(written just after the 2016 Presidential election)
When the kids were little (and before the internet), we spent hours in the library each week. Dashed out to the car with coins, not once, but twice, even though we all promised: “Only an hour on the meter this time!” Filled growing arms with piles of books even though we brought the beefy canvas tote and committed, ahead of time: “10 books each is plenty!”
Inside the library, there are still places, long neglected by my feet, which are so familiar to me. Stacks and rows, like old friends… 100s, 200s, 300s, 600s. Places where I opened my world, narrowed my world, explored my world, defined it as a new mother, as a mother beginning to reclaim herself, as a woman stepping forward.
There is the table in the mezzanine where I sat working while my kids were at school. There is a view of the town. Of cars passing. Of leaves falling. Of first flurries.
And inside–readers & writers & viewers & nappers, of all ages, and race.
There are those who always vote. Those who never vote. Those who voted democratic for the first time. Republican for the first time.
We all remain quiet.
(Most of the time.)
We share tables and chairs and computers and books.
i pulled the socks from his feet and rubbed peppermint cream into his soles, while his father went in search of tylenol. and as i rubbed, i said to myself, whose feet are these? they’re so huge! even the toes! and i wondered, was I wrapped in his feverish delusions too? and later, when we brought him into our bed, and he tucked his shivering body against mine, and i wrapped my arms around him like i had when he was a boy, i was surprised to find a broad back and big boned shoulders, and i reached further still to be sure i wasn’t touching my husband; while my baby, at 16 & a half to the day, oblivious to his child-to-giant transformation, went on tossing and turning and sweating, between us, until we brought him to the shower, and his father, seeing his body, as if for the first time, said to me: how have we missed this?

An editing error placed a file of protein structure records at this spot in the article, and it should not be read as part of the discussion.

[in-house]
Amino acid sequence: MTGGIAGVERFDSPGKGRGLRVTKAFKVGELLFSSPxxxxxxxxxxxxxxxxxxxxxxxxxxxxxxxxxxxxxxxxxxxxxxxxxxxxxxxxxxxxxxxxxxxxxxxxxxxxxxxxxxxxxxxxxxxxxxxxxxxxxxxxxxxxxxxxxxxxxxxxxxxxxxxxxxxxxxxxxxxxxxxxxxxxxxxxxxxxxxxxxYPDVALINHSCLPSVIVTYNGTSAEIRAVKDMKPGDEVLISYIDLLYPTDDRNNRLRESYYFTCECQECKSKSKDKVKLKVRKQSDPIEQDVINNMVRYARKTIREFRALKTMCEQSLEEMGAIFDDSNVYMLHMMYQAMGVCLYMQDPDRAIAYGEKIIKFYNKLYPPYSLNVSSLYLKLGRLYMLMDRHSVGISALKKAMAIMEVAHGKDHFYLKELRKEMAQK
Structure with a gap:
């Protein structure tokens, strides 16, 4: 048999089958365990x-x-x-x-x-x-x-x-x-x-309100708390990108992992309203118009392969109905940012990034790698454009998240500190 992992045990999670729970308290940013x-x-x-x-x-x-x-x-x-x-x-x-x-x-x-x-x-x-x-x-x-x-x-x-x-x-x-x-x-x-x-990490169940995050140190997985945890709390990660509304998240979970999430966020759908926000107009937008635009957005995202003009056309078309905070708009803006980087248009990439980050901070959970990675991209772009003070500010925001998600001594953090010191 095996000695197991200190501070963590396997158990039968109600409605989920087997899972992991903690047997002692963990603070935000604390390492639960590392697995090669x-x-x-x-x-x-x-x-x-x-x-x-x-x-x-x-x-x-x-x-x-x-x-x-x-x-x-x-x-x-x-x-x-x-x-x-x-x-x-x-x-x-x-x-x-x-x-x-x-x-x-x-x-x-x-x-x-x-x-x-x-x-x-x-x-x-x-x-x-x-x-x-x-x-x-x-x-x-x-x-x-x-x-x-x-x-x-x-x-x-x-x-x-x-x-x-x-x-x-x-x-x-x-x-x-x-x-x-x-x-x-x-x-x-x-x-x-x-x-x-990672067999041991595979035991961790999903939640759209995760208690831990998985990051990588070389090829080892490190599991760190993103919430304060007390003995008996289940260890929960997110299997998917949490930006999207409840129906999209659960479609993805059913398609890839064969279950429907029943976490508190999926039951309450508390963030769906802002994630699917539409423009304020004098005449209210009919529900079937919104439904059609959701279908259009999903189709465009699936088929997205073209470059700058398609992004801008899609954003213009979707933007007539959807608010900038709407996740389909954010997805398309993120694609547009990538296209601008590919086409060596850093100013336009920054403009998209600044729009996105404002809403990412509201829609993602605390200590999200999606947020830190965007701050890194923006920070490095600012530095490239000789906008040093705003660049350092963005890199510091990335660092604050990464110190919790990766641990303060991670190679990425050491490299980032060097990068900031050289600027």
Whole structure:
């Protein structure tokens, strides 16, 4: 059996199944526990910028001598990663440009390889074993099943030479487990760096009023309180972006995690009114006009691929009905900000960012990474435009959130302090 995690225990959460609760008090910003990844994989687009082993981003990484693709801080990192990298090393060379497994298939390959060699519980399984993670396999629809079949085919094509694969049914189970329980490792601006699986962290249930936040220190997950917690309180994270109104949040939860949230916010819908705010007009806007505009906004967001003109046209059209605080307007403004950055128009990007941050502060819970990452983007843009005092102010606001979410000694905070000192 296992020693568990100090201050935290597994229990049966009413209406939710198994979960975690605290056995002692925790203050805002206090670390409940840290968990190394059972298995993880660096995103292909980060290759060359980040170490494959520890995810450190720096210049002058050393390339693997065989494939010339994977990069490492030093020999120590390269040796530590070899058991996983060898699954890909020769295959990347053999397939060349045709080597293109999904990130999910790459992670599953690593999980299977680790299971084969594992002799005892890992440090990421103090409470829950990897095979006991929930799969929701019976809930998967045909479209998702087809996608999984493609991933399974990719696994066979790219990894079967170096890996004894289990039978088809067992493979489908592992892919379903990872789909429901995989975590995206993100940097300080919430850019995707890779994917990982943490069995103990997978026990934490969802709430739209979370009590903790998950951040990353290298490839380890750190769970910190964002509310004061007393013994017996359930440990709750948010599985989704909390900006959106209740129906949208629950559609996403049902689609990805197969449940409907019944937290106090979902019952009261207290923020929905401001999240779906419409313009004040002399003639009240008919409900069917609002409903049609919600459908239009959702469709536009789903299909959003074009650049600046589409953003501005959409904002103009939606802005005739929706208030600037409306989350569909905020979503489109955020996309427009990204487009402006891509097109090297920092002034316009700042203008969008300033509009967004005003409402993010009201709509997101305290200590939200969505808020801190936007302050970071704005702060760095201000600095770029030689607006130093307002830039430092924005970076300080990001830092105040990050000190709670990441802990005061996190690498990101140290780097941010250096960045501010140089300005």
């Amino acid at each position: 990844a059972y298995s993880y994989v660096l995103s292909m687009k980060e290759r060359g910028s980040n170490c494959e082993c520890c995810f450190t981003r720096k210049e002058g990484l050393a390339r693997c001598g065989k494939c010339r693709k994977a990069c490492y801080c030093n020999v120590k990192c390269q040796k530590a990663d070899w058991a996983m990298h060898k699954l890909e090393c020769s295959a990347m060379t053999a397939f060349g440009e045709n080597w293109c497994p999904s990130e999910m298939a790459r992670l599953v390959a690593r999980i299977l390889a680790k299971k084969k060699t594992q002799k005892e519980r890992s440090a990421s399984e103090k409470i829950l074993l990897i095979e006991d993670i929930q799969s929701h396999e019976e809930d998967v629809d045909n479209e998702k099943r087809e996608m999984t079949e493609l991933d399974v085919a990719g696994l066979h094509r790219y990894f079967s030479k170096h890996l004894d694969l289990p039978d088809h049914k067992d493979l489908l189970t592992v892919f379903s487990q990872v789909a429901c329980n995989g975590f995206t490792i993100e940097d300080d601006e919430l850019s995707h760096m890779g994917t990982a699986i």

While our 17-year-old set out to march, my husband and I opted for our regular Saturday morning practice on the mat, surprised and touched to find our longtime teacher speaking to the day’s events, not just at the opening of class but into the practice, naming the young voices he admired so much–Emma Gonzales and David Hogg–and choking up as he talked about the Stoneman Douglass Ice Hockey team, so that I when I found myself, supine, in Baddha Konasana–hips and heart wide open–tears slid down & around my cheeks, and into my hair, and onto my mat, without thought, without attachment or emotion, and continued as I came into a twist, and later, off the mat, and into the day, I was struck again, as I was on Valentines Day, at how precious the sight of each and every teenager, and I understood that it is not only our relationship with masculinity and guns that will be transformed but our hatred of our young as they come of age.